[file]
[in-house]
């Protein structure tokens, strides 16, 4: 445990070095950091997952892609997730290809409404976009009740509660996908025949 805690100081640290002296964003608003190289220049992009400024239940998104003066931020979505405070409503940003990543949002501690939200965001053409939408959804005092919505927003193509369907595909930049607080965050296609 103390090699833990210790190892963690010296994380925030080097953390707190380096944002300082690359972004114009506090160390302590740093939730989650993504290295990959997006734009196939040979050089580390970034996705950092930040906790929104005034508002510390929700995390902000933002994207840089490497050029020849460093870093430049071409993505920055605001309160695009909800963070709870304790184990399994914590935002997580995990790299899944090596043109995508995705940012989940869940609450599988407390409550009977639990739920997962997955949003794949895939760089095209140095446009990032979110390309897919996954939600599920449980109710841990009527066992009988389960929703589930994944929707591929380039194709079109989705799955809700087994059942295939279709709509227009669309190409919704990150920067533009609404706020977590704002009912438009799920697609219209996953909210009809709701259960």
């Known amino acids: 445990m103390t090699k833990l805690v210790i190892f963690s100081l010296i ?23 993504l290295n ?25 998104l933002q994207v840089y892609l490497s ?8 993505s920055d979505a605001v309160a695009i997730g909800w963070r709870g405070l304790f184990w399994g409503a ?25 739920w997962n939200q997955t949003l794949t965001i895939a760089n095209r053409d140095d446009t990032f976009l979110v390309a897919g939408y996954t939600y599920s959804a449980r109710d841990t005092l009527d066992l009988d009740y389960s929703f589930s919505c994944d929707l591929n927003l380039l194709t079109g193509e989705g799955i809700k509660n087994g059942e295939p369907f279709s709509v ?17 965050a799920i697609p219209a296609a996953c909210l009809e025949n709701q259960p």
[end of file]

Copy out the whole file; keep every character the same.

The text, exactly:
[in-house]
């Protein structure tokens, strides 16, 4: 445990070095950091997952892609997730290809409404976009009740509660996908025949 805690100081640290002296964003608003190289220049992009400024239940998104003066931020979505405070409503940003990543949002501690939200965001053409939408959804005092919505927003193509369907595909930049607080965050296609 103390090699833990210790190892963690010296994380925030080097953390707190380096944002300082690359972004114009506090160390302590740093939730989650993504290295990959997006734009196939040979050089580390970034996705950092930040906790929104005034508002510390929700995390902000933002994207840089490497050029020849460093870093430049071409993505920055605001309160695009909800963070709870304790184990399994914590935002997580995990790299899944090596043109995508995705940012989940869940609450599988407390409550009977639990739920997962997955949003794949895939760089095209140095446009990032979110390309897919996954939600599920449980109710841990009527066992009988389960929703589930994944929707591929380039194709079109989705799955809700087994059942295939279709709509227009669309190409919704990150920067533009609404706020977590704002009912438009799920697609219209996953909210009809709701259960």
């Known amino acids: 445990m103390t090699k833990l805690v210790i190892f963690s100081l010296i ?23 993504l290295n ?25 998104l933002q994207v840089y892609l490497s ?8 993505s920055d979505a605001v309160a695009i997730g909800w963070r709870g405070l304790f184990w399994g409503a ?25 739920w997962n939200q997955t949003l794949t965001i895939a760089n095209r053409d140095d446009t990032f976009l979110v390309a897919g939408y996954t939600y599920s959804a449980r109710d841990t005092l009527d066992l009988d009740y389960s929703f589930s919505c994944d929707l591929n927003l380039l194709t079109g193509e989705g799955i809700k509660n087994g059942e295939p369907f279709s709509v ?17 965050a799920i697609p219209a296609a996953c909210l009809e025949n709701q259960p």